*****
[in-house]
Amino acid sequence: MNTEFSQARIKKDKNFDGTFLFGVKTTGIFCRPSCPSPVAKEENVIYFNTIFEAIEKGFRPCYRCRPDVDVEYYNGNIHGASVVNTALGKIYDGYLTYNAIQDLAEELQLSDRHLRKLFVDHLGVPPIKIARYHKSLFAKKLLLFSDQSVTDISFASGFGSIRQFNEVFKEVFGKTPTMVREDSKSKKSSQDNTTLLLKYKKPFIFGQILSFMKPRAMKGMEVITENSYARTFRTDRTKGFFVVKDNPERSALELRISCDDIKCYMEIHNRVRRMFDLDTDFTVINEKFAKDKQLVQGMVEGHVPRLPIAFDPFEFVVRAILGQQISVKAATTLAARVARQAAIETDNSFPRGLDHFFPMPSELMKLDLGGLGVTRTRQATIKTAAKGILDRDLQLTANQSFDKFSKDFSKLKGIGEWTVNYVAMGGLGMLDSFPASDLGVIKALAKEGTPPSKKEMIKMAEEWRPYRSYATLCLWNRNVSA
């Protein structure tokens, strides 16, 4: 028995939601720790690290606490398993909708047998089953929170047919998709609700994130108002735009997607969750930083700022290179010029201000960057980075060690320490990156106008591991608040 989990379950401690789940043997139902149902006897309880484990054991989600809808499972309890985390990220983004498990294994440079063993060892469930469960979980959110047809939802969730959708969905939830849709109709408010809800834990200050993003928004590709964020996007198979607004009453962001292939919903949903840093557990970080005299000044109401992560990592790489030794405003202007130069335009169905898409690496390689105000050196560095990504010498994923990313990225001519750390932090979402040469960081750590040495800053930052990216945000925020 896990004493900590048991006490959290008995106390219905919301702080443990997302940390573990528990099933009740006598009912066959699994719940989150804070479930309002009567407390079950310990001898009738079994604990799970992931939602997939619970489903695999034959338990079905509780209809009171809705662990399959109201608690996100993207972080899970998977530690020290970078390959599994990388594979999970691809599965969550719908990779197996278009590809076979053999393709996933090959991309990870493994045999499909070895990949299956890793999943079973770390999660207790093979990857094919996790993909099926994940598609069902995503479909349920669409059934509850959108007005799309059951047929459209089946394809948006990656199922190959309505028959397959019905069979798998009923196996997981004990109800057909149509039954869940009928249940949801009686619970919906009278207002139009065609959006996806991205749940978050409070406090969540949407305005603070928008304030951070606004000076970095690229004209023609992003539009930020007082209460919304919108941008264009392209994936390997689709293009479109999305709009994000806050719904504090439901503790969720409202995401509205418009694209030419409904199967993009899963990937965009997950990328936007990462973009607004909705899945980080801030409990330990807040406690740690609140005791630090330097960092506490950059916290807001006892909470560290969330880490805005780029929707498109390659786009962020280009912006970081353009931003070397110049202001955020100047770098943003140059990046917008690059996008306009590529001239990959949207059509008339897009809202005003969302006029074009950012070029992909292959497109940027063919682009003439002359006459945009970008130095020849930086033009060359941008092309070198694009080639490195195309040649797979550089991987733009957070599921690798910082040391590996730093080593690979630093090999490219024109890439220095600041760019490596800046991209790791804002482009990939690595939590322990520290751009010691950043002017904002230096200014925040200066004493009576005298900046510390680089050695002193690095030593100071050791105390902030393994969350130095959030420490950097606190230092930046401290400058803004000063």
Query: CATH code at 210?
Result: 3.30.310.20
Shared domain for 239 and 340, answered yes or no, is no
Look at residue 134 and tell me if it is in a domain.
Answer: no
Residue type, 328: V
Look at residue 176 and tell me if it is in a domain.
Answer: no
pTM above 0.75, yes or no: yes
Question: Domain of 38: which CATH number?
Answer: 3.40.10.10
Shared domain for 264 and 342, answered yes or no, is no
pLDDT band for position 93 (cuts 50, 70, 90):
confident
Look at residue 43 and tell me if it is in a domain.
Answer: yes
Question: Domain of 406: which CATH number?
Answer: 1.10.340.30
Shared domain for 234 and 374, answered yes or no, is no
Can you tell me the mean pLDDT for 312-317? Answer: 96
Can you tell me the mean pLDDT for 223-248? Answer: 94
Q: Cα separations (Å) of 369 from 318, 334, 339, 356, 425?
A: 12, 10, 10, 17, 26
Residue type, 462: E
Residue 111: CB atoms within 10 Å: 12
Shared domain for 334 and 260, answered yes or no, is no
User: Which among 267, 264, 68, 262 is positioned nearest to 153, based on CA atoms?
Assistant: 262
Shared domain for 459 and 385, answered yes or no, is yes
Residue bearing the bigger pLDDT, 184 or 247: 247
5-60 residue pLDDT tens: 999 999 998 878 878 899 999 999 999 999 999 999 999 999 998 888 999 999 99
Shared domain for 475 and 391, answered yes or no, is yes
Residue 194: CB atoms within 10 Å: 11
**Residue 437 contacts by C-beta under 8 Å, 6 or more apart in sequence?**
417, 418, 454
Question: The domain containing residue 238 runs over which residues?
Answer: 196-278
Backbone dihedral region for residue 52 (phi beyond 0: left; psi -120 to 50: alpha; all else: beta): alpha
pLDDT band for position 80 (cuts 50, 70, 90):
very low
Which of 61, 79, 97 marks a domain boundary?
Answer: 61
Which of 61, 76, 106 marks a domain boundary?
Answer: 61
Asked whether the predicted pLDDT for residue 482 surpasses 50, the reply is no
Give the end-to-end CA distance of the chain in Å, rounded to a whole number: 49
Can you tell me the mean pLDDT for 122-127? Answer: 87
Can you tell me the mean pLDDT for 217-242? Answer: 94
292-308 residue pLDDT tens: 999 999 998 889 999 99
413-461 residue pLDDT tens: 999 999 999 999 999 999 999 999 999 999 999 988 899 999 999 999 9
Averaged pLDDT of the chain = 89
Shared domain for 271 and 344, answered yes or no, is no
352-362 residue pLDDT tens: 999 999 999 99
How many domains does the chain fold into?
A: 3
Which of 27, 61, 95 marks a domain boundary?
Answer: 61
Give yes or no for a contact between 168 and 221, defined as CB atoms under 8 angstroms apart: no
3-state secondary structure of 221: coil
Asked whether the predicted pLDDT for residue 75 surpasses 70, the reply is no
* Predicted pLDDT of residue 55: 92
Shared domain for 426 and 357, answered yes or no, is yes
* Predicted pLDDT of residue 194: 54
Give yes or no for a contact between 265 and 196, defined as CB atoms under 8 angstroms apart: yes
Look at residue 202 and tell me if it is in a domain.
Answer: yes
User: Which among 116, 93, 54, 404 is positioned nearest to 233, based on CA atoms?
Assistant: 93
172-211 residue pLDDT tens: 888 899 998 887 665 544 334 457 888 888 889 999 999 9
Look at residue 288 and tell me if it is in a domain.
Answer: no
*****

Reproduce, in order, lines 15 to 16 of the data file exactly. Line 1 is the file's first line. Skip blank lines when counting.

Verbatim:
Shared domain for 264 and 342, answered yes or no, is no
pLDDT band for position 93 (cuts 50, 70, 90):